So, for example, let’s say that you have a CSV and each value is, naturally, separated by a comma. Within one of the columns, words – or terms, in our case – are delimited by semicolons. Each value that precedes a semicolon represents a term (related to any given taxonomy in the system – this is irrelevant for this particular post).

Adding multiple terms to a post, or post type, is relatively simple and can be based off the functionality already shared.

WordPress and Small Team Source Control

Whenever I’m in the process of working on something for a client, my usual setup is something like this:

  • Work on the code on my local machine’s development environment
  • Keep the code in source control using GitHub
  • Use Dploy.io to deploy the latest commit to a staging server
  • Repeat until ready to launch

Straightforward enough, right?

But there have been a couple of times when I’m working with designers or front-end developers who need to work on, say, CSS files while I continue to do some of the backend work.

If they’re comfortable working with source control, then granting them access to the repository of the project and having them commit their changes to be part of the deployment process works fine.

But what about the case where the frontend developer is going to be working on various styles that you won’t personally be touching, and they aren’t using source control during the development phase of the project?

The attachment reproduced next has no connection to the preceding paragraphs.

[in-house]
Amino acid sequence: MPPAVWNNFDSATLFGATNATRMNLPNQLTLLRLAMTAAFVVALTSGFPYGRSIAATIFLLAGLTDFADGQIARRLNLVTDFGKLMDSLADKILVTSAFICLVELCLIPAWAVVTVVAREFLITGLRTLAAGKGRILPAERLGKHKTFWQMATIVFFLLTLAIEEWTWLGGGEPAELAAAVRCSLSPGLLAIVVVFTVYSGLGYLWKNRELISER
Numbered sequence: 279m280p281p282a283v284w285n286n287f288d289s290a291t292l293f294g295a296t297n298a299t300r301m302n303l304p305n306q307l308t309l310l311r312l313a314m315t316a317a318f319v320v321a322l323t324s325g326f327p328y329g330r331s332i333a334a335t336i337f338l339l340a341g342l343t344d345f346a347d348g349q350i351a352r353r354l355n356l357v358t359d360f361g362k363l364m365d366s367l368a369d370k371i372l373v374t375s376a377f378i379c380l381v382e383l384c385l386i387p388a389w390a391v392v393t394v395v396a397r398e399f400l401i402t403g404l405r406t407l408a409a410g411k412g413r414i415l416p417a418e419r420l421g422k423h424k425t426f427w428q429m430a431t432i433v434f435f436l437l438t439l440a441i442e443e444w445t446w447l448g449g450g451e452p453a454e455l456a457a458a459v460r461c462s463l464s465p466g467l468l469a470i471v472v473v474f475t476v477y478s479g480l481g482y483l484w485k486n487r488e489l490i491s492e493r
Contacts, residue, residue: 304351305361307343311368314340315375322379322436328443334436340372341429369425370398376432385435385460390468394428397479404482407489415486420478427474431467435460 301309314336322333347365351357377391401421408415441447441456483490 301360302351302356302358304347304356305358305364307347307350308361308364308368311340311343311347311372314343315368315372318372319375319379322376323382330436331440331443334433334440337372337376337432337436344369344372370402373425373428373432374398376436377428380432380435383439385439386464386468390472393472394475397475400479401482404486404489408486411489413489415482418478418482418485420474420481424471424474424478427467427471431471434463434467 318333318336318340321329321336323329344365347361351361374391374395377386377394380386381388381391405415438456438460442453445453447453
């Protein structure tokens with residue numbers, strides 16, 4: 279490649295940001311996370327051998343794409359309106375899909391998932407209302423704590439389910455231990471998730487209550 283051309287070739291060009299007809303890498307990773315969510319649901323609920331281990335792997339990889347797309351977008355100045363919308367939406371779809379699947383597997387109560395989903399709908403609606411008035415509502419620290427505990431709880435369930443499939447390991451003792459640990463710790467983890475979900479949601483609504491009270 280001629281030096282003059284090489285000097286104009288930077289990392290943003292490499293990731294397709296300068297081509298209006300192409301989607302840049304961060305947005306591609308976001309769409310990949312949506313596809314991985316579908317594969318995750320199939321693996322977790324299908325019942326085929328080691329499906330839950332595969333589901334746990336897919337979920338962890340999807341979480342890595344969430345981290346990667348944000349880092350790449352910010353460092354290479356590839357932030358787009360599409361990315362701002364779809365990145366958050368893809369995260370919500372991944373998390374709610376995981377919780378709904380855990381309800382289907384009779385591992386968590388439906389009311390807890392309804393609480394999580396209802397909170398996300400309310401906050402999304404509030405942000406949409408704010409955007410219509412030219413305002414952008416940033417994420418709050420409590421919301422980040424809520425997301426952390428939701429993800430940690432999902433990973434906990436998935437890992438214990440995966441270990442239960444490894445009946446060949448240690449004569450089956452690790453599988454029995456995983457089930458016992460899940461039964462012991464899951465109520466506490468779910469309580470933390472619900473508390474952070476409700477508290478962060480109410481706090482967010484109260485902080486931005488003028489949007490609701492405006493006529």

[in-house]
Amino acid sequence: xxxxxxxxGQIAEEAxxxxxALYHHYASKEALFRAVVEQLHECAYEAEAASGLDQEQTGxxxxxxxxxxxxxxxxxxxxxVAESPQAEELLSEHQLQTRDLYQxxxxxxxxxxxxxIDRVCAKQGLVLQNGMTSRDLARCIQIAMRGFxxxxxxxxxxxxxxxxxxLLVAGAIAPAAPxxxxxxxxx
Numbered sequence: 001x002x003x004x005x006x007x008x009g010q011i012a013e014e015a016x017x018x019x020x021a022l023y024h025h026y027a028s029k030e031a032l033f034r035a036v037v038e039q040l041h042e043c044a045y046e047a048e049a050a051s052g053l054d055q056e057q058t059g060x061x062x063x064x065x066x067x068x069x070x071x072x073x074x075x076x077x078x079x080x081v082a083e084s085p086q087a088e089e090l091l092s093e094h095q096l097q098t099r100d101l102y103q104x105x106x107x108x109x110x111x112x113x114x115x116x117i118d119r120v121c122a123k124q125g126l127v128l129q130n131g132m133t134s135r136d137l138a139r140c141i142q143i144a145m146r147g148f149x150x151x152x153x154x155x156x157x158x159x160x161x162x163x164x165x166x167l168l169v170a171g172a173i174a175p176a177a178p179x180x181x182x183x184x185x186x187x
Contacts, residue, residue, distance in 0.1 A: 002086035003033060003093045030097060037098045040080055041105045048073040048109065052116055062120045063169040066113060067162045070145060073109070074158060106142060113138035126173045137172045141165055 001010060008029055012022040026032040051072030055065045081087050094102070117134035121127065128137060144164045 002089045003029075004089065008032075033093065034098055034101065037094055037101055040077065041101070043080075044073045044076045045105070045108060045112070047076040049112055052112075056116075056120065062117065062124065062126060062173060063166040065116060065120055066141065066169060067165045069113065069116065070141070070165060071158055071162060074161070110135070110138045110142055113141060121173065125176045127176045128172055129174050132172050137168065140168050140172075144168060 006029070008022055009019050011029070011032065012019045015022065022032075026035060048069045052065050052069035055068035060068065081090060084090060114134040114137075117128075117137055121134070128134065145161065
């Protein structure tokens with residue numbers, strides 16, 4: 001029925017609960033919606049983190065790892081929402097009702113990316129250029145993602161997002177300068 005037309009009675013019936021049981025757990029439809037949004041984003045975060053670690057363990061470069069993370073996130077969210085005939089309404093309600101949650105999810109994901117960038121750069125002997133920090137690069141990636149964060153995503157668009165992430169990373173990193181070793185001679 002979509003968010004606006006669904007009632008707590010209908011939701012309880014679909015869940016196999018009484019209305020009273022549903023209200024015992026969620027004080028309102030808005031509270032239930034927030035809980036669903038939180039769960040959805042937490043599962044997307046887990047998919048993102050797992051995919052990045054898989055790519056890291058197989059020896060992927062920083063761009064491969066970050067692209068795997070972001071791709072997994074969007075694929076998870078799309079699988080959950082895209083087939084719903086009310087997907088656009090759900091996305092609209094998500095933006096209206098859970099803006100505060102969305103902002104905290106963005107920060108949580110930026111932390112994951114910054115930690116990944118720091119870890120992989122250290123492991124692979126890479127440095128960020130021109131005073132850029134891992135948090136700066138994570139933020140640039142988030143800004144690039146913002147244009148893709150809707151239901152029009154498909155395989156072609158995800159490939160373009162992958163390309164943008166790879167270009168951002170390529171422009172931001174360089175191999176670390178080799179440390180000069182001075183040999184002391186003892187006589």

Importing CSV Files into WordPress: Clean Up

This is part three four a series for how to Import CSV Files into WordPress.

Over the past few posts, I’ve walked through a strategy that I’ve found to useful and effective when importing large CSV files into WordPress.

Specifically, I’ve broken the approach down into three other articles each of which covers a high-level overview of how to achieve a certain part of the process through a mix of PHP, JavaScript, and pseudo-code.

Up to this point, I’ve covered:

  1. How to setup the script to prevent timeouts
  2. Working to build a back end that supports visual cues on the front end
  3. How to display visual cues on the front use via Ajax

And the last part is by far the easiest: Clean up after yourself.

Importing CSV Files into WordPress: Visual Cues, Part 2

This is part three of a series for how to Import CSV Files into WordPress.

As mentioned in the previous post, one of the problems that comes with importing CSV files into WordPress – specifically large files – is giving the user feedback that something is happening while waiting for the process to complete.

But when your’e doing this within the context of a web application, it takes a little bit more work because everything happens in a single process. If you don’t show your users any feedback, then it looks as if the page is just sitting there.

Then again, because the process can take so long, you need to let the user know that something is happening.

Importing CSV Files into WordPress: Visual Cues

 

Within the context of web applications, you can do that by using client-side JavaScript to essentially poll the server and ask for status updates.

Importing CSV Files into WordPress: Visual Cues, Part 1

This is part two of a series for how to Import CSV Files into WordPress.